Nuclear Catastrophe in Japan

The events unfolding in Japan with their nuclear reactors in the wake of the earthquake demonstrate yet again the fallibility of human engineering.

So far, two reactors have suffered hydrogen explosions, and a third one looks like it too is running away. Authorities, as they always do, state that only small levels of radiation have been released so far. A US navy ship 100 miles off the coast detected an increase in radiation levels and moved as a result of it. 180,000 people have been evacuated, in an area that currently has enormous difficulty handling evacuees. 2000 people have been tested for radiation levels, and some have been sent to hospital. 11 workers were injured in today’s explosion.

You have to feel for the people living in the area of the reactors. Their lives have already been greatly affected by the earthquake and tsunami, with loved ones missing, and family members dead. Now they are sent to a makeshift clinic, where they are lined up by staff in hazard suits to have their family tested for excessive radiation exposure. Imagine if it was your child ahead of you in line. The anxiety felt by these people must be overwhelming.

The owner of the reactors, Tokyo Electric Power, has seen their stock price plunge by 23%. Engineers are pumping seawater into two of the reactors, which destroys them, as it is their only alternative to try to cool the reactors. These reactors are clearly write offs. It is likely that the 23% decline is not enough to accommodate the destruction of value that has been seen. Nuclear plants are essentially uninsurable, except by governments.

The earthquake measured 8.9 on the Richter scale, and was 10-100 times stronger than engineers had anticipated in their nuclear designs. Once again, mother nature is unpredictable. Once again, the drawback of centralized power generation is exposed. California has two plants on the coast designed to accommodate earthquakes of 7.5. The 1906 San Francisco quake was estimated at 8.25.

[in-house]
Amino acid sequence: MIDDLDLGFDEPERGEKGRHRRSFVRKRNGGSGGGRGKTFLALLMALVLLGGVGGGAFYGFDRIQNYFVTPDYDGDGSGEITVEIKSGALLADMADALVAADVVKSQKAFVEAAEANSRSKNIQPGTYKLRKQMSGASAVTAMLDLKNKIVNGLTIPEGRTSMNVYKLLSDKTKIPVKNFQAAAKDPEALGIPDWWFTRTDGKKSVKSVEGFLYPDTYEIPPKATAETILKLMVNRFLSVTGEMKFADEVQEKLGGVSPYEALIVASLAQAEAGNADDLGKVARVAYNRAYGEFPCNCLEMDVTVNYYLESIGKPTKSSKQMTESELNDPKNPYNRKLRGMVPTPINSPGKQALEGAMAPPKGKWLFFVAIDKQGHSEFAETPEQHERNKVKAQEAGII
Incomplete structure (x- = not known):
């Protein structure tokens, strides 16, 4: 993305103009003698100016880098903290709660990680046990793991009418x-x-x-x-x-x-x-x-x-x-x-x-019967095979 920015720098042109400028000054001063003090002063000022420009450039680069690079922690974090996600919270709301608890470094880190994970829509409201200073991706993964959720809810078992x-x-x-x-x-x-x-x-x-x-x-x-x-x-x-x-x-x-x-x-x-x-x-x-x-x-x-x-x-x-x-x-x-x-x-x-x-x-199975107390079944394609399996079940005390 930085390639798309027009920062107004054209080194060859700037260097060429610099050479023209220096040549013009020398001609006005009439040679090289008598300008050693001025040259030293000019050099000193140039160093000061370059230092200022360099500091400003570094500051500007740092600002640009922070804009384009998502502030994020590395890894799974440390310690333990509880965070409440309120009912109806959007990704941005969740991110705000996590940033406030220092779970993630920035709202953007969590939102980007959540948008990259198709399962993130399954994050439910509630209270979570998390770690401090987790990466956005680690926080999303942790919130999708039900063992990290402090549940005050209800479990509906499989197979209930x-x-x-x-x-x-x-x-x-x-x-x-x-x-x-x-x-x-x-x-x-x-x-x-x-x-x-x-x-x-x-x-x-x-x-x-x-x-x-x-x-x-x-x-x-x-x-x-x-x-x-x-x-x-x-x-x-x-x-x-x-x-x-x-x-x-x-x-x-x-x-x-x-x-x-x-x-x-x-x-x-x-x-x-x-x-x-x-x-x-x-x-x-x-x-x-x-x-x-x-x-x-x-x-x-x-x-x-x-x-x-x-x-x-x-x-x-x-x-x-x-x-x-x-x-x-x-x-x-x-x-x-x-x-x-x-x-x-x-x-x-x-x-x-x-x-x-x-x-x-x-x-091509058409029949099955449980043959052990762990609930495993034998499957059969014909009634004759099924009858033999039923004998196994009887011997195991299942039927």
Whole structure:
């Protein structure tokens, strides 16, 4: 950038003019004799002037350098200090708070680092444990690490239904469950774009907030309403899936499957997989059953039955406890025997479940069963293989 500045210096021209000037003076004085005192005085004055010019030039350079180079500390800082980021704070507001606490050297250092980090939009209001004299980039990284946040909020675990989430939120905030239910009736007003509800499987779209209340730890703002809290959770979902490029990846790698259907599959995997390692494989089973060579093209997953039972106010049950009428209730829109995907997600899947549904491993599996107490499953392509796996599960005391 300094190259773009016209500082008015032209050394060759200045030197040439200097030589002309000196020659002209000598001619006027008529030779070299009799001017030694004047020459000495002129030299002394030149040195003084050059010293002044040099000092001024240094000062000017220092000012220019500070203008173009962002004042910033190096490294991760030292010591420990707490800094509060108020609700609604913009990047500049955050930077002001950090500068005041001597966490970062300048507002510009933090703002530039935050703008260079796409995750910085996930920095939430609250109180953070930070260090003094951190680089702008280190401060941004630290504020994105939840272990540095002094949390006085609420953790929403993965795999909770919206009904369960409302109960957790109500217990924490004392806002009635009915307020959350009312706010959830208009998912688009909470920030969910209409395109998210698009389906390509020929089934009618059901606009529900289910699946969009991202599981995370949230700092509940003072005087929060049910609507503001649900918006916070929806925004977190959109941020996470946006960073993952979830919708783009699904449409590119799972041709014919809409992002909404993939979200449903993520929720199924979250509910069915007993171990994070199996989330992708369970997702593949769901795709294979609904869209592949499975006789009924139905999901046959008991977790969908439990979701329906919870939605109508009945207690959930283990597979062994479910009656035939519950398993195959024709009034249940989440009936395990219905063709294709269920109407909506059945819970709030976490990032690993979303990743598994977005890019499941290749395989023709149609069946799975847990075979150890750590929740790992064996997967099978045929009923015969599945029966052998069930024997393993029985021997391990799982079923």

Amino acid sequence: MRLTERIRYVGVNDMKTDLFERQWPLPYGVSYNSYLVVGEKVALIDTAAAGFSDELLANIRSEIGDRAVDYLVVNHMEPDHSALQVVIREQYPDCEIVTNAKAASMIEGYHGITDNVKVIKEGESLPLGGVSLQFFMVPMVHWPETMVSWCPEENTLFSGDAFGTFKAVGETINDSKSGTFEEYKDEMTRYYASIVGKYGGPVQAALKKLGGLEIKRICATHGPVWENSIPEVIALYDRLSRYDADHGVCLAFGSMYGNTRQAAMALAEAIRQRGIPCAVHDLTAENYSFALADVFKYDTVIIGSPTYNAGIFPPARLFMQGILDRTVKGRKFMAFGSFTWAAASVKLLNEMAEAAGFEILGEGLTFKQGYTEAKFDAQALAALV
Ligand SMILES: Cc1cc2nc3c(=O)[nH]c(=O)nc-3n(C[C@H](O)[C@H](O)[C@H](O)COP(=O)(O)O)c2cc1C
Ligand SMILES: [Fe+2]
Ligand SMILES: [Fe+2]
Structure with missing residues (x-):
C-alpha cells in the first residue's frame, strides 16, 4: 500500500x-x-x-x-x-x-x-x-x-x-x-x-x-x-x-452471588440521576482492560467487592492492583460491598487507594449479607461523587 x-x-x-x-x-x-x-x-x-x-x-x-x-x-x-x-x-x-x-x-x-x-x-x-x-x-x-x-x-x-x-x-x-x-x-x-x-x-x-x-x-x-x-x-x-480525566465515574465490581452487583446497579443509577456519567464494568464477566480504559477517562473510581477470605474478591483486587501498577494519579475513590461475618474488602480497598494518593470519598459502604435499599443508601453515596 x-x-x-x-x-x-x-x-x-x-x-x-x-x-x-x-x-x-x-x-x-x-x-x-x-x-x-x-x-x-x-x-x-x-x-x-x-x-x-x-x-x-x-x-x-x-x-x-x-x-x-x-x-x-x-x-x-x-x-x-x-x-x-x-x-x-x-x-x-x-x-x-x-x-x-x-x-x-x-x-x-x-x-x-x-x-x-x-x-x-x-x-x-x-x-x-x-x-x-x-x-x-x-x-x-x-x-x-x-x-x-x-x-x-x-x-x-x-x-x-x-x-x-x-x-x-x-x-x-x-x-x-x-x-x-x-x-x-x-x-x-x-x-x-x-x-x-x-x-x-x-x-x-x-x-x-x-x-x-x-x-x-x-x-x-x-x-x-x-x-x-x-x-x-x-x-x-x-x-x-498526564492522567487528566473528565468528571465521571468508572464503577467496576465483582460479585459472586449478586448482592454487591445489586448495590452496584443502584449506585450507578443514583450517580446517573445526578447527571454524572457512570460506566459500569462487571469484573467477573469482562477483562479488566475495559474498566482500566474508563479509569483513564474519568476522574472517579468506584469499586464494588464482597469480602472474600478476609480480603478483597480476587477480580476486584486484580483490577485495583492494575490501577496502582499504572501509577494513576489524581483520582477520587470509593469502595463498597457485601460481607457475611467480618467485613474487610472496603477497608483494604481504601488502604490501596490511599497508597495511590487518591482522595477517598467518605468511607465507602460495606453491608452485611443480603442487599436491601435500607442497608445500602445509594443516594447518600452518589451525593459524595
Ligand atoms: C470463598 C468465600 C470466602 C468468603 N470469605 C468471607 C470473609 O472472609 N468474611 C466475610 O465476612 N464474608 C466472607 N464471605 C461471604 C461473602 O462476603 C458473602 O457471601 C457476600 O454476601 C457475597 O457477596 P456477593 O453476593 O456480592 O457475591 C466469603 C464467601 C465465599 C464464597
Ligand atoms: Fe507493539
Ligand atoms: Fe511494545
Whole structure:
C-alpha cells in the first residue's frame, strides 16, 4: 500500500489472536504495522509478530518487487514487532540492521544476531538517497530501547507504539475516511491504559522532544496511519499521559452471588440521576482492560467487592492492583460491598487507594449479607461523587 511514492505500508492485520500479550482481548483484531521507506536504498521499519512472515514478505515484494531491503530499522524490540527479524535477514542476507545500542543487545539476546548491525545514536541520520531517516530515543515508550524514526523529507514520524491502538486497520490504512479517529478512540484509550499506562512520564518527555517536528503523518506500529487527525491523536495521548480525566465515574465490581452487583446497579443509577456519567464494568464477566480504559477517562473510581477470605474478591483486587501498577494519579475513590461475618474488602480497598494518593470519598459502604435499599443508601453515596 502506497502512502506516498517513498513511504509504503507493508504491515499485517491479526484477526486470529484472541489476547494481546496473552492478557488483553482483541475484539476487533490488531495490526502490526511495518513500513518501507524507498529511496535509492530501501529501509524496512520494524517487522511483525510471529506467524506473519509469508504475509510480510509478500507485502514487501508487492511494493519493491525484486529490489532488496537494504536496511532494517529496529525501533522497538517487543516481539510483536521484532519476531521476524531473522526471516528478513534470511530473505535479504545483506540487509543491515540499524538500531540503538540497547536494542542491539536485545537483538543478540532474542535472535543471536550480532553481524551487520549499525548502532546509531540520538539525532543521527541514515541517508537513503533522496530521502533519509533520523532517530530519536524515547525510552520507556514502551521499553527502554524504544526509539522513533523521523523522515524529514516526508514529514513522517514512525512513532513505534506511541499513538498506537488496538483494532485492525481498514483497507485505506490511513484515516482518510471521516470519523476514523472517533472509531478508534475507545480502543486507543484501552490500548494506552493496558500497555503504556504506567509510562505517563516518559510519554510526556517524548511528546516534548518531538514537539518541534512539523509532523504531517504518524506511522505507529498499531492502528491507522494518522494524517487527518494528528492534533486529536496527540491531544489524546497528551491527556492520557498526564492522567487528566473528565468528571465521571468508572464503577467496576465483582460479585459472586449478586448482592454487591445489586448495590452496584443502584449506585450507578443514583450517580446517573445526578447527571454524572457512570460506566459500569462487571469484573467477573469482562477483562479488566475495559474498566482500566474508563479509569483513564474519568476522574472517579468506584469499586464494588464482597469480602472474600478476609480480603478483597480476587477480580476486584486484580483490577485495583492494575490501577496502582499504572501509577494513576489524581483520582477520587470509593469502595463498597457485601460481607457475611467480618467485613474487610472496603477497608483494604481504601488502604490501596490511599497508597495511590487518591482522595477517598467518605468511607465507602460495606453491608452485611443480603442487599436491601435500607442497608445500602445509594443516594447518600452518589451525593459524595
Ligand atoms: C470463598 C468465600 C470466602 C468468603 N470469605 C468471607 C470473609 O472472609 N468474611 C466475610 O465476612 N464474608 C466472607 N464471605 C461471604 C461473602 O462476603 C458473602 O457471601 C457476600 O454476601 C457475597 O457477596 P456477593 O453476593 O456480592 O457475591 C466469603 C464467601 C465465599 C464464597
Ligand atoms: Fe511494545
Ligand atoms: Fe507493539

The nuclear industry in Ontario will claim that we don’t suffer from this type of risk. Japanese engineers didn’t think they did either. Japan is probably the world’s best prepared country to deal with earthquakes, but they were wrong. We also didn’t think we could get hurricanes until hurricane Hazel in 1954. Nuclear plants are designed and operated by humans, and the world’s other two nuclear disasters at 3 Mile Island and Chernobyl were caused by human error. Humans run Ontario’s nuclear fleet. Between the fallibility of humans, and the unpredictability of natural forces, the only thing we can say for sure is that we will have more nuclear disasters. After all, 3 out of roughly 110 nuclear plants operating in the world have had severe problems.

It is the nature of the beast. You can’t control mother nature. You can’t control 100% of human error. And the consequences when you are dealing with material as toxic as nuclear fuel are extreme.

It is time we learned.

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